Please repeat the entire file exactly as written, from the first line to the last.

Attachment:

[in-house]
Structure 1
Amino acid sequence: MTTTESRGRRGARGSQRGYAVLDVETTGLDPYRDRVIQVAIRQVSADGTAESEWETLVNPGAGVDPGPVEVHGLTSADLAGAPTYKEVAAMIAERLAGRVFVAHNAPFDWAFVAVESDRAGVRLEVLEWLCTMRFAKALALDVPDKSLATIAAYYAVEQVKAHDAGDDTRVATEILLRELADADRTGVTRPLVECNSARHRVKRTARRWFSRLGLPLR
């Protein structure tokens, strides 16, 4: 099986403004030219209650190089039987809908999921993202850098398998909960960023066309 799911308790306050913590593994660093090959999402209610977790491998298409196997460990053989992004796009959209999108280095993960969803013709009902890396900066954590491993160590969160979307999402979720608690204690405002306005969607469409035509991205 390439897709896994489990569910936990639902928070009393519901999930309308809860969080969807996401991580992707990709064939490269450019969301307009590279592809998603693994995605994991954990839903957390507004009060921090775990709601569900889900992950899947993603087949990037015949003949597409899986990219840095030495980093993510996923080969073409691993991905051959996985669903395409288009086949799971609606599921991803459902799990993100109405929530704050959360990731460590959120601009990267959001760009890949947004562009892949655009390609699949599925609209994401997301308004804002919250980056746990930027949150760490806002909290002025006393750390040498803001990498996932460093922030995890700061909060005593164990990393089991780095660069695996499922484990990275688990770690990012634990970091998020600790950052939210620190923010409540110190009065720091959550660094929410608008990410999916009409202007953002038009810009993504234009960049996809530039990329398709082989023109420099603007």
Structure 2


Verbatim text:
[in-house]
Structure 1
Amino acid sequence: MTTTESRGRRGARGSQRGYAVLDVETTGLDPYRDRVIQVAIRQVSADGTAESEWETLVNPGAGVDPGPVEVHGLTSADLAGAPTYKEVAAMIAERLAGRVFVAHNAPFDWAFVAVESDRAGVRLEVLEWLCTMRFAKALALDVPDKSLATIAAYYAVEQVKAHDAGDDTRVATEILLRELADADRTGVTRPLVECNSARHRVKRTARRWFSRLGLPLR
């Protein structure tokens, strides 16, 4: 099986403004030219209650190089039987809908999921993202850098398998909960960023066309 799911308790306050913590593994660093090959999402209610977790491998298409196997460990053989992004796009959209999108280095993960969803013709009902890396900066954590491993160590969160979307999402979720608690204690405002306005969607469409035509991205 390439897709896994489990569910936990639902928070009393519901999930309308809860969080969807996401991580992707990709064939490269450019969301307009590279592809998603693994995605994991954990839903957390507004009060921090775990709601569900889900992950899947993603087949990037015949003949597409899986990219840095030495980093993510996923080969073409691993991905051959996985669903395409288009086949799971609606599921991803459902799990993100109405929530704050959360990731460590959120601009990267959001760009890949947004562009892949655009390609699949599925609209994401997301308004804002919250980056746990930027949150760490806002909290002025006393750390040498803001990498996932460093922030995890700061909060005593164990990393089991780095660069695996499922484990990275688990770690990012634990970091998020600790950052939210620190923010409540110190009065720091959550660094929410608008990410999916009409202007953002038009810009993504234009960049996809530039990329398709082989023109420099603007």
Structure 2